Hike: The highest point in Georgia, Brasstown Bald, is reachable by road (unless you go on a day where they randomly close the steep, windy, 3 mile approach road… like we did!). The upper parking lot is just 0.6 miles from the observation tower, on a paved path through the woods. This was just a ten minute drive from our previous hike, High Shoals Falls trail.
Gear: Same as the morning, my Camelbak with all the usual items (my big 5: water, snacks, first aid, self protection, space blanket), with the swap of my Altra Lone Peak shoes (which were soaked) for my Altra King MT trail shoes. We also added the Jet Boil and a 3 serving package of Mountain House Chicken & Rice, so we could eat after we arrived at the top. I ditched my trekking poles, since this was a road walk/hike.
Weather: Overcast, occasionally sunny, not too hot (72*), and we had a sprinkle of rain on the way up. Thankfully I remembered sunscreen, and Joel reminded us to put it on!
Pre-Hike: Just a short drive from High Shoals Falls, we were ready to pull onto Highway 180, towards Brasstown Bald (the whole area was very well-marked with signs). However, we saw tons of cars parked in a small parking lot, and then realized why–the road to the top was closed! We found one last parking spot, in front of the dumpster, and decided we’d just have to walk it: 3 miles,
straight winding uphill! We readied our gear, adding extra water and snacks, applied sunscreen, and hurried to get going, since what was going to be a very quick hike just became a several hours long affair (we had already hiked for 2 hours / nearly 5 miles that morning!) We stepped off at quarter to 11.
Hike: We were both a little bummed that our second hike of the day was going to be much longer and harder than we had anticipated. I like to remind myself that what can go wrong, usually does go wrong, and to always have a plan B. In this case, I had no idea the road would be closed, but no big deal… we just got huffing uphill very quickly. I was shocked at how many families were doing this (walking uphill 3 miles), especially with young kids. The elevation gain in some spots was crazy–it had to have been 5-10% grade. In mile 1, we gained 500 feet; in mile 2, 600 feet gained; and mile 3, 540 feet gained (although my Garmin shows more like 700 feet). There were times it was so steep, I put my hands on my legs to keep them going. After each mile, we took a quick break for drinks and/or a snack.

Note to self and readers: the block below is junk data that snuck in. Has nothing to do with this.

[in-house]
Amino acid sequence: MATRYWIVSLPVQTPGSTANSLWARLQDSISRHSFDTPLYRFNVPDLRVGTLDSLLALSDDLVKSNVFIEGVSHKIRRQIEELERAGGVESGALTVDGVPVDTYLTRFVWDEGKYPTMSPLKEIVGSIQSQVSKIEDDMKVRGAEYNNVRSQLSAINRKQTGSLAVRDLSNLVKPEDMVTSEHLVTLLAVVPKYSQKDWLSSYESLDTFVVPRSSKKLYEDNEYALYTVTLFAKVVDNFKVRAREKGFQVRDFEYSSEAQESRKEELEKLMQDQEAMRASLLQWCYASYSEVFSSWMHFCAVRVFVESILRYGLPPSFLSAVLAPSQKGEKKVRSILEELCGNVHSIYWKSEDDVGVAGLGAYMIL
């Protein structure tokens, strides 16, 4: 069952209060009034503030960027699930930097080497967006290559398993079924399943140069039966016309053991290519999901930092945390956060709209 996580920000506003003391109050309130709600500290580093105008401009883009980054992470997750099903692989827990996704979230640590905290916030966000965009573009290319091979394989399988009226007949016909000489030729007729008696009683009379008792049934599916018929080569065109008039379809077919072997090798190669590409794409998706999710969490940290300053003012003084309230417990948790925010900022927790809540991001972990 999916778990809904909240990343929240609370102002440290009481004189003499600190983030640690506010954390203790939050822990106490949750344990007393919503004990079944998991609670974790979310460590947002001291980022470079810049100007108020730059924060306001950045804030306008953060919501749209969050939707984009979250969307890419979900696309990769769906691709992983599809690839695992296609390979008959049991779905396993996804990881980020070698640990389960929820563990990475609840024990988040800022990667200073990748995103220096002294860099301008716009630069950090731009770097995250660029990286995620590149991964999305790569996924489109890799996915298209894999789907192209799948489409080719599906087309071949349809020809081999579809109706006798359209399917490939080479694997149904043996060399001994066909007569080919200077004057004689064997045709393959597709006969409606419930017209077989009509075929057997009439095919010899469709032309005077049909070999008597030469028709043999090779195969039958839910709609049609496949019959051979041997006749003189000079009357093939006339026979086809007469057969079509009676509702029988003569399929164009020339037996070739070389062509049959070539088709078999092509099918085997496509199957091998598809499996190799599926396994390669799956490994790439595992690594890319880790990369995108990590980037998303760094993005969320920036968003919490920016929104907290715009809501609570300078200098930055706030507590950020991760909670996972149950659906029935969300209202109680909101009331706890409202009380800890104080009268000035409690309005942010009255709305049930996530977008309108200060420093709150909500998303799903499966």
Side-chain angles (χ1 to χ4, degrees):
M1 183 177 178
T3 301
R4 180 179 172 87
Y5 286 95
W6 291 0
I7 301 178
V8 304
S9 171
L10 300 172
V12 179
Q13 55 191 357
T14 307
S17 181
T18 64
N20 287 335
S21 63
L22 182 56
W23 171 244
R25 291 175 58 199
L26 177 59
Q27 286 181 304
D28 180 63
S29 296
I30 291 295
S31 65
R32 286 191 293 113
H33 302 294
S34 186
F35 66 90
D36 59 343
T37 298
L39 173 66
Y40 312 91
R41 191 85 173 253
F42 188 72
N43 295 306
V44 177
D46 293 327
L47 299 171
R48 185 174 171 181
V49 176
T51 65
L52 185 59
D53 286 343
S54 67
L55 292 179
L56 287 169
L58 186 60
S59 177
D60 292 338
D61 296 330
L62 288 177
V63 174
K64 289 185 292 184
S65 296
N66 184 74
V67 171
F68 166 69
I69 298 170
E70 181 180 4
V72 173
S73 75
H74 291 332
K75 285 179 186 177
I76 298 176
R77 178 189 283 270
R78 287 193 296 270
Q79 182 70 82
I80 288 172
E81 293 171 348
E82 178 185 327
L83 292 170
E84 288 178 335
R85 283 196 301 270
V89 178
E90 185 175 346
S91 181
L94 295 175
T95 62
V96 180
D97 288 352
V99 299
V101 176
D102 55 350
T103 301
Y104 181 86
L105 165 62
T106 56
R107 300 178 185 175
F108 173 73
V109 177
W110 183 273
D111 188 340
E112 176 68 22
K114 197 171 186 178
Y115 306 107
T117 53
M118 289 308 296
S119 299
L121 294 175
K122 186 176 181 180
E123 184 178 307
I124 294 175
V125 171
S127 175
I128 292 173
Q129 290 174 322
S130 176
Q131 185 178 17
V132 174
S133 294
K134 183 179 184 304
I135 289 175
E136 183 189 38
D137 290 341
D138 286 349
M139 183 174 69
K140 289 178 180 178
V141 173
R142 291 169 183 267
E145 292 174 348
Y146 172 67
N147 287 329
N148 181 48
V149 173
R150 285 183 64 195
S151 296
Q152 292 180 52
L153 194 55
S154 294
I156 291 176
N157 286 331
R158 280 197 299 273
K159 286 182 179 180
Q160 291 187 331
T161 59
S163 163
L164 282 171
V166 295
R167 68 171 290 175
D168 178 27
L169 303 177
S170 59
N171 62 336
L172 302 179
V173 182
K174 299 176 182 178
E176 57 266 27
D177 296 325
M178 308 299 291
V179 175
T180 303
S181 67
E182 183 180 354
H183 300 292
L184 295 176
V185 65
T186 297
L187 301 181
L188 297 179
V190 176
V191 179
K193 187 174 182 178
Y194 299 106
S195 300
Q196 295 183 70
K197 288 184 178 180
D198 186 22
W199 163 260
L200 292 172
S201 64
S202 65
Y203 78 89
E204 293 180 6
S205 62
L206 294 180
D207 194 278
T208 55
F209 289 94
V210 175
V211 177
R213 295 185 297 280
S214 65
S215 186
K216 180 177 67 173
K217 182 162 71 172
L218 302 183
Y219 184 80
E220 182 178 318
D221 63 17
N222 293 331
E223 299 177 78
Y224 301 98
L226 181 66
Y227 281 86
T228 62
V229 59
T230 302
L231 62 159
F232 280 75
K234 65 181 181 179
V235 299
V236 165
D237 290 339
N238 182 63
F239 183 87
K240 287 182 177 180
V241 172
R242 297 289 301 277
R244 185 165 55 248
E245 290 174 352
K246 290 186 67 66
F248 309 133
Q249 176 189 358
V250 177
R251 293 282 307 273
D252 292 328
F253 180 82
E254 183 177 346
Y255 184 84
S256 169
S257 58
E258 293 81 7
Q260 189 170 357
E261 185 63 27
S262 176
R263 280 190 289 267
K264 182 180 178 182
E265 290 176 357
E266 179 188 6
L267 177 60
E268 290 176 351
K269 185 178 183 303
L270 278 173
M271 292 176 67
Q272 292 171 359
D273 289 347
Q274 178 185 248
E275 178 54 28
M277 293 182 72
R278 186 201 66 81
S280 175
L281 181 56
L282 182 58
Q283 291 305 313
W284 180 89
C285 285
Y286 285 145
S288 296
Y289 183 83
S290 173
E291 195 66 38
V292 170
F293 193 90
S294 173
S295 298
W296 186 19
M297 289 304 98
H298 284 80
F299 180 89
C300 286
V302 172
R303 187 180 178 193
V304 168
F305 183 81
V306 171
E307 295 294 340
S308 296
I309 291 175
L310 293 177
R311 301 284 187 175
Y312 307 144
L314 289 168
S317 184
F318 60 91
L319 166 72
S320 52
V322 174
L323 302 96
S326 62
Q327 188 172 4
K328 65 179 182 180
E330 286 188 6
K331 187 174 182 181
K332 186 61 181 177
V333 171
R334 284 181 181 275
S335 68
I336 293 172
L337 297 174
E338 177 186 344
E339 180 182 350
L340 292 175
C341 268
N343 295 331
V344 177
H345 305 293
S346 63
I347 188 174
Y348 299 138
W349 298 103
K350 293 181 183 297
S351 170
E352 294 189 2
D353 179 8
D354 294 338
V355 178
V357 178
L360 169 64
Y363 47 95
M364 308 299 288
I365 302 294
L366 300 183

I turned on the music (on my phone) just so it wouldn’t be quite as long (and boring!) We jammed to some International Love, Sweet but Psycho, Old Town Road, Steal my Sunshine, and others. It definitely helped pass the time. Finally, we got to the main parking lot (after 2.5 miles), and heard the park ranger giving an older couple directions. She said it was free if you’re walking in, so we just walked in (otherwise, I think it was $3 each). For whatever reason (tired, probably), I didn’t take any pictures of the parking lot area.
We headed up the road further, and I pointed out we could take the trail, but Joel preferred the road so we’d get there faster (and we later found that we missed the trailhead from the parking lot). Holy crap, what a steep road! Finally, we saw where the trail crossed the road, and decided to take the trail the rest of the way. It was a paved trail, so easy to walk.
Shortly up the trail, we came to the top! Some other people were coming down, so they took our picture:
We headed up to the observation tower:
…and enjoyed all the great views! It was just about noon.
After enjoying the views and reading the historical signs, we found a bench to take a load off while we cooked our lunch.
The Jet Boil pulled through, boiling our water quickly. I had forgotten a utensil, so Joel said I could eat first (what a nice brother!) and borrow his spork. The super hot and hearty lunch didn’t disappoint–I had worked up quite an appetite, with over 3 hours of hiking that day. I tried to eat a little less than half, to save plenty for Joel. While he ate, I took a few more pics.
After our half hour lunch break, we packed up our things, and headed back down, learning about the history of the area as we went.
The way back was uneventful–we stepped it out, covering about 3.1 miles in 54 minutes, with just a bathroom break about halfway. It was about 1:30, so we needed to get headed home. The parking lot was even busier than before, with multiple people waiting for a spot! I couldn’t believe how popular this was.
Recommend: This had some nice views, and I’d rank it ahead of South Carolina, but not sure I’d want to do that steep 3 mile road walk again! If you’re in the north Georgia area, I’d say go for it!
Slightly different route on the way back, since we took the trail to the main/upper parking lot:
Parking help / area map:
4 states down!
Next up: Our next planned highpointing excursion is at the end of June, to Mount Marcy, NY, and Mount Mansfield, VT! Marcy is a long, hard hike so I’m going to be prepared (planning for some trail runs and/or several hours-long hikes in the next 4 weeks). Also, I’m starting the 10 minute plan by my friend Ashley Keller tomorrow, which should help me gain strength and stamina.
What’s on your outdoor agenda this summer?